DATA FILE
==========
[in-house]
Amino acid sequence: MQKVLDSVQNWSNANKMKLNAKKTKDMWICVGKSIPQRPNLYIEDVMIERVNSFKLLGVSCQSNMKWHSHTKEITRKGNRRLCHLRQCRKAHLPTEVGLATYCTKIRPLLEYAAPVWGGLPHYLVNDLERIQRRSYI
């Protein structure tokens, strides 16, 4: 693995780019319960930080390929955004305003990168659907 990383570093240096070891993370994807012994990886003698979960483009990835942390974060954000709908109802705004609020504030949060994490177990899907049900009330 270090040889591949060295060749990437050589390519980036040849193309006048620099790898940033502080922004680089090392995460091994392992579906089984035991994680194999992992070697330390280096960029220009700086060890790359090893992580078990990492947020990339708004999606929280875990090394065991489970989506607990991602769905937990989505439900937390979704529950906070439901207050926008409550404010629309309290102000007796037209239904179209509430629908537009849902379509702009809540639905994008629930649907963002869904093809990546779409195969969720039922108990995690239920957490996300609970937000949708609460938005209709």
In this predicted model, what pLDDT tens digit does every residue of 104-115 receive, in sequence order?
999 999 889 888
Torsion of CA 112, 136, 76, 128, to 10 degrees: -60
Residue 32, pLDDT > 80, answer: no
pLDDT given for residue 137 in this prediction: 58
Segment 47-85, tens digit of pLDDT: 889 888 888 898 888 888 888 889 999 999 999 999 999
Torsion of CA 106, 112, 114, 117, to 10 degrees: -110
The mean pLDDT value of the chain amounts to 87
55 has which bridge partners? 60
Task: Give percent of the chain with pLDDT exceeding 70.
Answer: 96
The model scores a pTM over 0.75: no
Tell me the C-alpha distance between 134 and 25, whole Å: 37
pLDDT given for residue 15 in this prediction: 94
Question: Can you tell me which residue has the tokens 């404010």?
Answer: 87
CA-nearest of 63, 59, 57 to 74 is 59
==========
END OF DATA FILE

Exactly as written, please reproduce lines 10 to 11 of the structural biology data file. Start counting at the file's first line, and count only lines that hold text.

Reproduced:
Torsion of CA 106, 112, 114, 117, to 10 degrees: -110
The mean pLDDT value of the chain amounts to 87